Matthew Lew, assistant professor in the School of Engineering & Applied Science, plans to develop a new technology combining chemical probes, optics and imaging software to see inside cells at the nanoscale level thanks to a CAREER award from the National Science Foundation, which provides $500,000 over five years.
A team of engineers at Washington University in St. Louis and their German collaborators say a compound found in green tea could have lifesaving potential for patients with multiple myeloma and amyloidosis, who face often-fatal medical complications associated with bone-marrow disorders.
A paper authored by Stephen Linderman, an MD/PhD candidate at Washington University in St. Louis, recently took first prize at the American Society of Mechanical Engineers International Mechanical Engineering Congress and Exhibition.
In response to the federal government’s to controversial immigration ban, Washington University in St. Louis sophomore Jordan Gonen launched the site CelebrateImmigrants.us, an inventory of immigrant business founders from Irish immigrant James Gamble of Procter & Gamble to South African-born Elon Musk of Tesla.
After 14 years as the “Bear Cub Challenge,” Washington University in St. Louis’ competition for inventors has received a new name: the LEAP Inventor Challenge (Leadership in Entrepreneurial Acceleration Program).
Washington University in St. Louis made great strides in 2016 in developing and licensing innovative technologies to solve real-world problems. The university earned an estimated $16 million in royalties and licensing agreements related to technology development.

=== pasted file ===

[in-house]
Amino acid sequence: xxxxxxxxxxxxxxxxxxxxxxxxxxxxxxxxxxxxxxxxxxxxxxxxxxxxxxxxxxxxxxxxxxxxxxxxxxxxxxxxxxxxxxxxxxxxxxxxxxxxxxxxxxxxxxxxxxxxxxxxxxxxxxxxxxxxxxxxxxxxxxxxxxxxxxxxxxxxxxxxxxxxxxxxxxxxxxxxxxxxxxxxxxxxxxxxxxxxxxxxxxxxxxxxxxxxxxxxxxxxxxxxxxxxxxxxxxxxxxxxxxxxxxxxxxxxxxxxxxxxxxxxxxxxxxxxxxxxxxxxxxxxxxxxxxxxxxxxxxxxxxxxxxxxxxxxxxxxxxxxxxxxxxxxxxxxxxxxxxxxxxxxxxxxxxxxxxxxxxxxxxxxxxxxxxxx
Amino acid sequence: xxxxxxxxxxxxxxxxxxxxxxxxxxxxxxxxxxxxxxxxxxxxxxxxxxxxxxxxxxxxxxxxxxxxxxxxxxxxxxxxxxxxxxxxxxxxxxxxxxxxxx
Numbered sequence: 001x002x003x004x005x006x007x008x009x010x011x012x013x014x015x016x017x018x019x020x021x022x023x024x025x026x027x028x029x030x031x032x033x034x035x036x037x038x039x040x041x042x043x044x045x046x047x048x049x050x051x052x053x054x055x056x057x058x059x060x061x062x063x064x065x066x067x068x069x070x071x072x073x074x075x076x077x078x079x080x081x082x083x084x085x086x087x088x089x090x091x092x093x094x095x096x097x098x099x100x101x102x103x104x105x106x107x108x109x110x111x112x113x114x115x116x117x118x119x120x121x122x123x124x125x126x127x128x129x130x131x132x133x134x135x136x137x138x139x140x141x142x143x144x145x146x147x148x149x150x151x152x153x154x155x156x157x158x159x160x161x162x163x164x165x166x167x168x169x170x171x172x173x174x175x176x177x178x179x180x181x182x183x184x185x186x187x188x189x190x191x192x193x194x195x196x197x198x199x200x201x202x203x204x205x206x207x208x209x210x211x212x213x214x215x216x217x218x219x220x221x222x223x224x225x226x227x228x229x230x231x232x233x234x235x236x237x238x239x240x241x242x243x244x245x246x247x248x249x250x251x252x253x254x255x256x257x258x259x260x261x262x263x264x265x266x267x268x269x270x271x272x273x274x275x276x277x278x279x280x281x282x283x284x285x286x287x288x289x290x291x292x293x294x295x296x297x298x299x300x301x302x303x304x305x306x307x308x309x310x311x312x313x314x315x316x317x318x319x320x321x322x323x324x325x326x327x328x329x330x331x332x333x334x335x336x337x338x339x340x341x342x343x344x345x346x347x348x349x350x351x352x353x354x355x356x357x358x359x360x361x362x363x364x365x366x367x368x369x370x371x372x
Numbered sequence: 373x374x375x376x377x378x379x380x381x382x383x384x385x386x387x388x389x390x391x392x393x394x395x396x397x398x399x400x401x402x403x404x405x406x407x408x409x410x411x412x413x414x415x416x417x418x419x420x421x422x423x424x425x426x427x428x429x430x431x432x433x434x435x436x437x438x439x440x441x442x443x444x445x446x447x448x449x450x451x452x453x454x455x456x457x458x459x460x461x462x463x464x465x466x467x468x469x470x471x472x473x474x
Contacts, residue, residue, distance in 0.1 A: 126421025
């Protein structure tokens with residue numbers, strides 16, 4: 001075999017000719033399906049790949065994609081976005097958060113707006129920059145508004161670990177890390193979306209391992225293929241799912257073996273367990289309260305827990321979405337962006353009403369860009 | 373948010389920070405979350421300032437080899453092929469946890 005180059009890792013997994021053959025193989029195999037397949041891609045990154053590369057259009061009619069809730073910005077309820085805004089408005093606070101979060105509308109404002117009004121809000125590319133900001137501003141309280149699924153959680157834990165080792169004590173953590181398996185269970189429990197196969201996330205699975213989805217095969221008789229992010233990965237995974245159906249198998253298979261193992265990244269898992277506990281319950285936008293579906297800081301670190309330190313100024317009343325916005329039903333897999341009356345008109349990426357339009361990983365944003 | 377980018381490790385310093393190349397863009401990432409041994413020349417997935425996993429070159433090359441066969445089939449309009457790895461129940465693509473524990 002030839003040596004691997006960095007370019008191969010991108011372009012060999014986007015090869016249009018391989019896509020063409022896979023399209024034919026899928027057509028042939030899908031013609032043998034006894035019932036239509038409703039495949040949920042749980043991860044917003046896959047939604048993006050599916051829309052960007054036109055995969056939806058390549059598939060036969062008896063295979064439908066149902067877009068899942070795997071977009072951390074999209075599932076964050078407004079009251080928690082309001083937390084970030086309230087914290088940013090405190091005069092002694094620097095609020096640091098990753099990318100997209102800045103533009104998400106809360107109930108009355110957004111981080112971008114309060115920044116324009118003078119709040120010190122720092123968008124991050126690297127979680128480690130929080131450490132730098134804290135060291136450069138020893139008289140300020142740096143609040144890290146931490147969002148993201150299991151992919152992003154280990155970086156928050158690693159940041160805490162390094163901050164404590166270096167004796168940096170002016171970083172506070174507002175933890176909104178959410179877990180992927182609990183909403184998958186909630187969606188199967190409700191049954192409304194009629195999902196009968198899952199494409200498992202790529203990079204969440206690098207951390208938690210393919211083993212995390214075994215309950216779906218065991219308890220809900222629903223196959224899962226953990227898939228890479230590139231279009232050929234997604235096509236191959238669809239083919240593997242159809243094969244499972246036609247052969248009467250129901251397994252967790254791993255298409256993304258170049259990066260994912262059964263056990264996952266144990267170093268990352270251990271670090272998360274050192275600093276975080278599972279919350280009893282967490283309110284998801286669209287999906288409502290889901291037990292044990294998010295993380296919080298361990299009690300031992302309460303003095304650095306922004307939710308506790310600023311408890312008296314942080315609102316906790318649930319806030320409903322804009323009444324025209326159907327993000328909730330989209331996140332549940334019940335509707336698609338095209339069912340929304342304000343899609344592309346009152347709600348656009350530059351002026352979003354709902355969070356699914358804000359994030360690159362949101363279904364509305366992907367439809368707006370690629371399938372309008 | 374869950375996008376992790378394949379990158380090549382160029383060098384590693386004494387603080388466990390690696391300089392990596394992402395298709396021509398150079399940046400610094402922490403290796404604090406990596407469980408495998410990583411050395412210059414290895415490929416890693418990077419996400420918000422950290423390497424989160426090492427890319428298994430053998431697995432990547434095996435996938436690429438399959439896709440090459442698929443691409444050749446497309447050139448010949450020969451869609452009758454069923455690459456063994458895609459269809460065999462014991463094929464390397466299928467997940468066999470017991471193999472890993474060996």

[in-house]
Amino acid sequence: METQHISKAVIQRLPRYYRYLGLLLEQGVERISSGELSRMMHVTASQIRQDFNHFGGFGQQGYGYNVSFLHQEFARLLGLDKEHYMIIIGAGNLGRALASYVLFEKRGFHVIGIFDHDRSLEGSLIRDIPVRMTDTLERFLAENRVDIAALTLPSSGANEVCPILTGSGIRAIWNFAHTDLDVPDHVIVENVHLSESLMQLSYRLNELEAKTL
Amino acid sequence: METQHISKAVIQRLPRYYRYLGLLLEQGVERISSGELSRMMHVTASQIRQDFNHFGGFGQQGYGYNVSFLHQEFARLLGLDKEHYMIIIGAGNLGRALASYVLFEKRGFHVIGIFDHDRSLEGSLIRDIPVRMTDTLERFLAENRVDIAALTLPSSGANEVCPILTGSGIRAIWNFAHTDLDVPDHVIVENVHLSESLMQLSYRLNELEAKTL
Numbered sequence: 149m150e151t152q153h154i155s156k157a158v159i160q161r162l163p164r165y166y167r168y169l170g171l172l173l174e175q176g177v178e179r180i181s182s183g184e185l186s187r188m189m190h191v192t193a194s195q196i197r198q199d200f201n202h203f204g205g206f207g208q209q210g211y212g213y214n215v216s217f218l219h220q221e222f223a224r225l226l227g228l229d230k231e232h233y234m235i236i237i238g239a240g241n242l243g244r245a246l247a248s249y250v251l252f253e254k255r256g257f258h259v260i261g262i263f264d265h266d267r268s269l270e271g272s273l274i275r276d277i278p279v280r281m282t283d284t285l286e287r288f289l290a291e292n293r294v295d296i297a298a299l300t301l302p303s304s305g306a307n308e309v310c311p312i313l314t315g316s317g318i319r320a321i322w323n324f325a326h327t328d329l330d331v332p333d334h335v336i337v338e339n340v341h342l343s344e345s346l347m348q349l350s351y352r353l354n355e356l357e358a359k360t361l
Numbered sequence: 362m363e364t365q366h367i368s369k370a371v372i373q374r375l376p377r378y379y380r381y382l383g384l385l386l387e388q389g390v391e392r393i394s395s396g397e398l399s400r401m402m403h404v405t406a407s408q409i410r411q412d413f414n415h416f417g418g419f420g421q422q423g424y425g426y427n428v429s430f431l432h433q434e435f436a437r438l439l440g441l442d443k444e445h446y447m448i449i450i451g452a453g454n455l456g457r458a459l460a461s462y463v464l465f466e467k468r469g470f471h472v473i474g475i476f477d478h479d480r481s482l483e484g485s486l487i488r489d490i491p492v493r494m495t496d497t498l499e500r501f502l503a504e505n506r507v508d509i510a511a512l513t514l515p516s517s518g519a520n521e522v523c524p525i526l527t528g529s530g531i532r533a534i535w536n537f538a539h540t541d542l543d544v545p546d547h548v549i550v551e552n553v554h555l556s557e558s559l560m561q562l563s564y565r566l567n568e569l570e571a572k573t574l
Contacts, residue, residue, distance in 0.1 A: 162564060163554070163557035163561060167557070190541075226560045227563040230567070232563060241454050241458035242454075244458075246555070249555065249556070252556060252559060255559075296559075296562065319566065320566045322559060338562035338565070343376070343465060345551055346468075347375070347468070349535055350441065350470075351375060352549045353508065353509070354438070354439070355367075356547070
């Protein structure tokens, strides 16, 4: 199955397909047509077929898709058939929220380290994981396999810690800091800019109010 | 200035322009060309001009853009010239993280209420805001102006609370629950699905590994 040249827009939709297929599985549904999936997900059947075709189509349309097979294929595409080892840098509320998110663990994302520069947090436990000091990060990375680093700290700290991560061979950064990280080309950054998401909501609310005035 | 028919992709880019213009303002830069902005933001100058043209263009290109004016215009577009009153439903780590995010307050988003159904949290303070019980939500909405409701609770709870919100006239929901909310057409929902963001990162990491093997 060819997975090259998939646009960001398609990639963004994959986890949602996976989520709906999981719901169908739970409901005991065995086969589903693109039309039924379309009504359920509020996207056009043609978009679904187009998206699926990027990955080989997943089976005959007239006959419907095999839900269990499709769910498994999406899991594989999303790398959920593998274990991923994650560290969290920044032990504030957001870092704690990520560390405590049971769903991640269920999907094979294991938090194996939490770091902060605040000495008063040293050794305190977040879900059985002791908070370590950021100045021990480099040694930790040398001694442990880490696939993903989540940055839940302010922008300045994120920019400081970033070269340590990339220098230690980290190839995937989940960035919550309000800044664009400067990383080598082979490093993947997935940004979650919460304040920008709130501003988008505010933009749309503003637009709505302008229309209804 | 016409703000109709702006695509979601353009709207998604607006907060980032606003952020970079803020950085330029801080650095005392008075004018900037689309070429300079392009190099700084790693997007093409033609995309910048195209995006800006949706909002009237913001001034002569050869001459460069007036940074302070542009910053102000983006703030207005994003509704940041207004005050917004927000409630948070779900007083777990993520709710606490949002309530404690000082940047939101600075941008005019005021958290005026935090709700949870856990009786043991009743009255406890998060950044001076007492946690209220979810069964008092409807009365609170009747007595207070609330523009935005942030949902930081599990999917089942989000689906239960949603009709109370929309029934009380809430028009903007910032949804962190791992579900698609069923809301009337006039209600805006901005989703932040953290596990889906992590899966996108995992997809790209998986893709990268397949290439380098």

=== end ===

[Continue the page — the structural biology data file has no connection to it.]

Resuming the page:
Engineers at Washington University in St. Louis develop new nanoparticle technology that eliminates the need for cold storage in some medical diagnostic tests.
An engineer at Washington University in St. Louis has found a new way to neutralize the dangerous chemical chromium-6 in drinking water, making it safer for human consumption.
A Washington University physicist practiced at finding tiny diamonds in stardust from the pre-solar universe has repeatedly failed to find them in Younger Dryas sedimentary layers, effectively discrediting the hypothesis that an exploding comet caused the sudden climate reversal at the end of the last Ice Age.
The associate professor in the School of Engineering & Applied Science works to create powerful sensors that can detect chemicals, biomarkers that could speed health-care diagnostics and new materials to clean dirty water.